Filter by Dates

 
image

Gridlocked Neighbourhoods

SIGN OF FLAWED CIRCULATION AND POOR CONNECTIVITY GRIDLOCKED NEIGHBOURHOODS THE CASE OF SOUTH DELHI

Come out and claim the road

I write this column from my bed, recovering from an accident that broke my bones. I was hit by a speeding car when cycling. The car fled the scene, leaving me bleeding on the road. This is what happens again and again, in every city of our country, on every road as we plan without care for the safety of pedestrians and cyclists. These are the invisible users. They die doing nothing more than the most ordinary thing like crossing a road. I was more fortunate. Two cars stopped, strangers helped me and took me to hospital. I got treatment. I will be back fighting fit.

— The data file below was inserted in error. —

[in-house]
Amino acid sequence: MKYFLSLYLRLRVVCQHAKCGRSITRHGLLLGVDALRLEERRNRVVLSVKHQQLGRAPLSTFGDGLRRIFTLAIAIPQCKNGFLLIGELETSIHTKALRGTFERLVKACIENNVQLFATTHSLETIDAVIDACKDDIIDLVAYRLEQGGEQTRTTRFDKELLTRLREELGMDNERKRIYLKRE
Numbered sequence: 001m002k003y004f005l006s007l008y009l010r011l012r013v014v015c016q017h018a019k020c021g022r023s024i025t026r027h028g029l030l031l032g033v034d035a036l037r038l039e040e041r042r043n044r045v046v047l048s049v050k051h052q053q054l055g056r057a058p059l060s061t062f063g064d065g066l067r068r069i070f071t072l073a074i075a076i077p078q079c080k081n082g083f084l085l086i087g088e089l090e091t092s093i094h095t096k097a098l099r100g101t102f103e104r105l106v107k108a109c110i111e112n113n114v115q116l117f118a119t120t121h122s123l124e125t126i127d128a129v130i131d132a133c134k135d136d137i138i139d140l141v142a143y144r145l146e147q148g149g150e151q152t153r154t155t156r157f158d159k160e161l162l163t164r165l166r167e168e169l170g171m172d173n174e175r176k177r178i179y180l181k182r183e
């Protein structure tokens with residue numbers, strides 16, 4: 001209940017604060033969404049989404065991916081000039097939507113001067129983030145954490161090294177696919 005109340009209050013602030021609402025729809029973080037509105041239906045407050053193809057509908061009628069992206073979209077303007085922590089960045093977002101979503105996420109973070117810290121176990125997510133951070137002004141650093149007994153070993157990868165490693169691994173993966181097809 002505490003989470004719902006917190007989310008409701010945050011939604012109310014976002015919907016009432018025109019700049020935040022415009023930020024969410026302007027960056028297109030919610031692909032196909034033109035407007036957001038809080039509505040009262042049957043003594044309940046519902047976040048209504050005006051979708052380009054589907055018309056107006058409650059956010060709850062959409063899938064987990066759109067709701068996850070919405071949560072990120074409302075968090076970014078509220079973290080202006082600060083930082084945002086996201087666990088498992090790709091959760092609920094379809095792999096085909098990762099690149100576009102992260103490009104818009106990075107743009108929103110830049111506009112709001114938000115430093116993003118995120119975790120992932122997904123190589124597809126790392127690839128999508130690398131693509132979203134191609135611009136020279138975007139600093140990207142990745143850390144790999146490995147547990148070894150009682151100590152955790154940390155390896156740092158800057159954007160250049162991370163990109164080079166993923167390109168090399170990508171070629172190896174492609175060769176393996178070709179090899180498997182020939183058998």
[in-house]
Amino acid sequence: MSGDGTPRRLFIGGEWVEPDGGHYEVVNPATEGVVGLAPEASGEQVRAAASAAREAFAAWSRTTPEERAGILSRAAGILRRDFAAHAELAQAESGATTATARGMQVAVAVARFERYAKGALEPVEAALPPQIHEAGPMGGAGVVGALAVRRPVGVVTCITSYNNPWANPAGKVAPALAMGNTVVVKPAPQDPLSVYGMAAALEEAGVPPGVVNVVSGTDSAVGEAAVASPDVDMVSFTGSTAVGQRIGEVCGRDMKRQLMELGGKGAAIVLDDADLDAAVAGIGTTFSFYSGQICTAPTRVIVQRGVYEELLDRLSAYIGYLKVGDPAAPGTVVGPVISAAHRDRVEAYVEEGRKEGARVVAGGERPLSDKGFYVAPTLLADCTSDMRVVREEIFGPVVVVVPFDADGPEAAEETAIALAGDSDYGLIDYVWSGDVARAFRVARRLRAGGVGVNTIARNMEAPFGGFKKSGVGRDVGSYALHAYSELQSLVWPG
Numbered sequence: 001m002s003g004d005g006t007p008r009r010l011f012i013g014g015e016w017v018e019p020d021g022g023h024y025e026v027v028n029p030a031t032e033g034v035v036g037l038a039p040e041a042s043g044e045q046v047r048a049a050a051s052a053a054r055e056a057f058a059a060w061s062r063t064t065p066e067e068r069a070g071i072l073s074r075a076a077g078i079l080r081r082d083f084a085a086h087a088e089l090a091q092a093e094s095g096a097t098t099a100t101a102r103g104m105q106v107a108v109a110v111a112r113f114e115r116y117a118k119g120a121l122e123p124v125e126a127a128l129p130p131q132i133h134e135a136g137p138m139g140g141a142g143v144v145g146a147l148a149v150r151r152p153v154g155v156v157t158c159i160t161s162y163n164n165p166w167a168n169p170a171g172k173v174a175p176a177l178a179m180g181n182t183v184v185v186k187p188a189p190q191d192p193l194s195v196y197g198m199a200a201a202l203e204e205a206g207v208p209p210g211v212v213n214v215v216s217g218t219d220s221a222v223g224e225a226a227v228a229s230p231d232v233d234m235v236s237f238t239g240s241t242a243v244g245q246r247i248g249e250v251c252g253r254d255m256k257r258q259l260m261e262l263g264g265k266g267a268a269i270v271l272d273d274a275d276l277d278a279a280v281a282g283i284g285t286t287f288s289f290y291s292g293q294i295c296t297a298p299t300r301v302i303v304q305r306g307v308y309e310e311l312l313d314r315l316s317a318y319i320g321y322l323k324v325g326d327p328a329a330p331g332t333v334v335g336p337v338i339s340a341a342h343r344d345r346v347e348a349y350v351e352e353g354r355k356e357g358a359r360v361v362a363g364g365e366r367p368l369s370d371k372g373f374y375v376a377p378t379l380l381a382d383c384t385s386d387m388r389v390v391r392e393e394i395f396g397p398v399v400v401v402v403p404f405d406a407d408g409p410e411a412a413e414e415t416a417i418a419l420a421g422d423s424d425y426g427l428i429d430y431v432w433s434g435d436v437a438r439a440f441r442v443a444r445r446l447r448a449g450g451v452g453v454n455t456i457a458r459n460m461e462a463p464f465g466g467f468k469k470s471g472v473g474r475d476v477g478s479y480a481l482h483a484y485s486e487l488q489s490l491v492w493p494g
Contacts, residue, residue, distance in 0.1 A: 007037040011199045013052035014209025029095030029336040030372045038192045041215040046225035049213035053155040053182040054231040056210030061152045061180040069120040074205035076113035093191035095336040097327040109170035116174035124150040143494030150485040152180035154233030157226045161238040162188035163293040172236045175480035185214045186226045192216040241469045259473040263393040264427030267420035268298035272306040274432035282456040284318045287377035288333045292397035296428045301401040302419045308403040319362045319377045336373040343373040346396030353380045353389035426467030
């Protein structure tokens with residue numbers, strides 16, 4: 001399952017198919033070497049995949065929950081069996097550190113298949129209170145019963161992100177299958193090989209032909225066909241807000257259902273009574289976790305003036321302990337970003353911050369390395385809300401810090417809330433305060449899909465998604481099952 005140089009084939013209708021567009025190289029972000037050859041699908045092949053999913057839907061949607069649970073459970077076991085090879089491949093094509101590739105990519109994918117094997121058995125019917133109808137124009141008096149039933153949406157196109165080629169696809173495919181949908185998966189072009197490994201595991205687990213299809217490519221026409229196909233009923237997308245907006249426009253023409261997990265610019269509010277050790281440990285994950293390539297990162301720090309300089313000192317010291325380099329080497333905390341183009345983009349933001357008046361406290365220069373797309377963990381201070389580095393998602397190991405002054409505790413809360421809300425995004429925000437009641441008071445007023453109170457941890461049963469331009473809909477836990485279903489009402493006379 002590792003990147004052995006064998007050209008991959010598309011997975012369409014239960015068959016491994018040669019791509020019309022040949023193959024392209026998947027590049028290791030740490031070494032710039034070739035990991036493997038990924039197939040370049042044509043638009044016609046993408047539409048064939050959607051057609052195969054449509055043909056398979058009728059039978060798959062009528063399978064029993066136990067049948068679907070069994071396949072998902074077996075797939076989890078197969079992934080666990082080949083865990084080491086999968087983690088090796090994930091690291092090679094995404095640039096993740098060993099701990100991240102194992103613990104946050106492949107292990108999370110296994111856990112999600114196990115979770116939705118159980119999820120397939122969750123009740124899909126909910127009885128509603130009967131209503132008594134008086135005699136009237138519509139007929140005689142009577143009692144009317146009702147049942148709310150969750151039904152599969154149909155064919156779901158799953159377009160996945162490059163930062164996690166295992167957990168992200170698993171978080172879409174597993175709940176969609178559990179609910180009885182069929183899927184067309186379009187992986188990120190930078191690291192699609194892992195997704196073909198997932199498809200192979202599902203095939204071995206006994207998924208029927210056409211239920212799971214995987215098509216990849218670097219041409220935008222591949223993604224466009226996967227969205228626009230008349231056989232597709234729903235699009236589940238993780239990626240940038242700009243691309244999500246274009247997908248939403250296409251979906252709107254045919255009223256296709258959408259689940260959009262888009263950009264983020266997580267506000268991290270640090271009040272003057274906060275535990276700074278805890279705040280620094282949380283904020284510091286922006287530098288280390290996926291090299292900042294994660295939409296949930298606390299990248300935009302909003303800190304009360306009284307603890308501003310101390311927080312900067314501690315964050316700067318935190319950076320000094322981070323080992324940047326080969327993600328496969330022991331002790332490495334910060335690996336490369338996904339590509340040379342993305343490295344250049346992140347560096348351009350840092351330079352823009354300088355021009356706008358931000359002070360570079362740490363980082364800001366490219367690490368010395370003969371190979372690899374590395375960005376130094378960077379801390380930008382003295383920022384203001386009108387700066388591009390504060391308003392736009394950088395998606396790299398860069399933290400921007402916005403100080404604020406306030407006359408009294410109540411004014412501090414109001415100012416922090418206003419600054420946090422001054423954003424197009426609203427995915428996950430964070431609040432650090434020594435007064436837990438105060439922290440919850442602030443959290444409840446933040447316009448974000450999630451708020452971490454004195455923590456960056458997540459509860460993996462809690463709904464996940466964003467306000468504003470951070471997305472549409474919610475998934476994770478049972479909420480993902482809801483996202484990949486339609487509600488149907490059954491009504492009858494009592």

Pedestrian questions

Have you ever noticed the footpath? Does it even exist? And if it does what is its height from the road? What should be the ideal height that allows for pedestrians to walk without fear of being run over or breaking a leg clambering onto it, while not allowing cars to park and take over this public space?

Temporary solution, permanent jam

I write this stuck in traffic. Nothing unusual. But my location makes me realise, once again, how our highway route to progress is going nowhere. The road I am using is newly commissioned and expensive. It is the 28-km Delhi-Gurgaon Expressway, which was built just a few years ago to take care of the explosion of traffic between the two cities. It is access-controlled, with a 32-lane toll plaza, and was to provide easy access and a fun ride. The concessionaire—built as it is under the famous public private partnership model—took all steps to keep it prized for cars.